OBJECTIVES: Does myocardial fibrosis (MF) in patients with severe aortic valve (AV) disease, assessed by histopathology or contrast-enhanced magnetic resonance imaging (ce-MRI), predict outcomes following surgical AV replacement?
METHODS: Fifty-four patients (mean age 46.8 years, 78% male) with symptomatic severe aortic regurgitation (n = 26) or aortic stenosis (n = 28) were prospectively evaluated. All patients underwent preoperative quantitative assessment of MF by ce-MRI and had myocardial tissue samples obtained during surgery for histopathologic evaluation. Patients were grouped based on degree of MF and were compared to assess for differences in left ventricular (LV) functional improvement and survival postoperatively.
RESULTS: ce-MRI assessment of MF correlated well with histopathology (r = 0.69, p < 0.0001), and the degree of MF was higher in the study group than in normal controls. LV functional changes were evaluated in 25 patients who underwent follow-up MRI; LV mass was decreased and LV ejection fraction (EF) improved (EF 54 ± 10% pre-op vs. 59 ± 14% post-op, p = 0.02). LVEF improvement was inversely related to the degree of pre-op MF. Overall, those who died had more MF, and this increased burden of MF was associated with lower postoperative survival. Finally, on multivariate analysis, the amount of MF, along with advanced age, independently predicted all-cause mortality.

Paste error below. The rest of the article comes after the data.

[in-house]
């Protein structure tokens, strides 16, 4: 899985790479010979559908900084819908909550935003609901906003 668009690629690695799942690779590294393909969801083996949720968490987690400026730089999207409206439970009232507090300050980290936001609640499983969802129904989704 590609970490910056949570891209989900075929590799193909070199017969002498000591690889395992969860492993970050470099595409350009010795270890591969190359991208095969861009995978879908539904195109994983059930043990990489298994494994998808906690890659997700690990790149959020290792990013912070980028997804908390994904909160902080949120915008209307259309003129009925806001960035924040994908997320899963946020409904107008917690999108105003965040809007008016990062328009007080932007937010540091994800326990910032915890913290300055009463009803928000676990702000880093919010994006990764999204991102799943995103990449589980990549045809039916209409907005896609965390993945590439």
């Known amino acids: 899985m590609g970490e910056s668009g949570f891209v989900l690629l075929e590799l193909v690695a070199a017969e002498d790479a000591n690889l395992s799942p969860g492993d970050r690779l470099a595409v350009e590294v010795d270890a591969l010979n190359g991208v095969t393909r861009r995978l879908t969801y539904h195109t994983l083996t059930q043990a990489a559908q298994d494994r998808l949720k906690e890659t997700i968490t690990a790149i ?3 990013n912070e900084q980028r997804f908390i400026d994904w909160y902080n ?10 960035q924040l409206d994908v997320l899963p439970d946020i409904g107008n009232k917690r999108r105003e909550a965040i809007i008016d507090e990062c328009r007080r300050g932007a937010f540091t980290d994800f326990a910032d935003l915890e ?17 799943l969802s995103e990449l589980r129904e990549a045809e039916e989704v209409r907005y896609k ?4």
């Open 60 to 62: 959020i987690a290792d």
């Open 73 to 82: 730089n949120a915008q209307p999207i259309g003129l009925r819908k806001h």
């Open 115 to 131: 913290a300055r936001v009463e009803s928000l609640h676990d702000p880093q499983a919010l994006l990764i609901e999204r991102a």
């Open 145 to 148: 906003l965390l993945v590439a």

CONCLUSIONS: In patients with severe AV disease, the amount of MF assessed by histopathology or ce-MRI is associated with LV function improvement and mortality.
Department of Cardiology
Cleveland Clinic Florida
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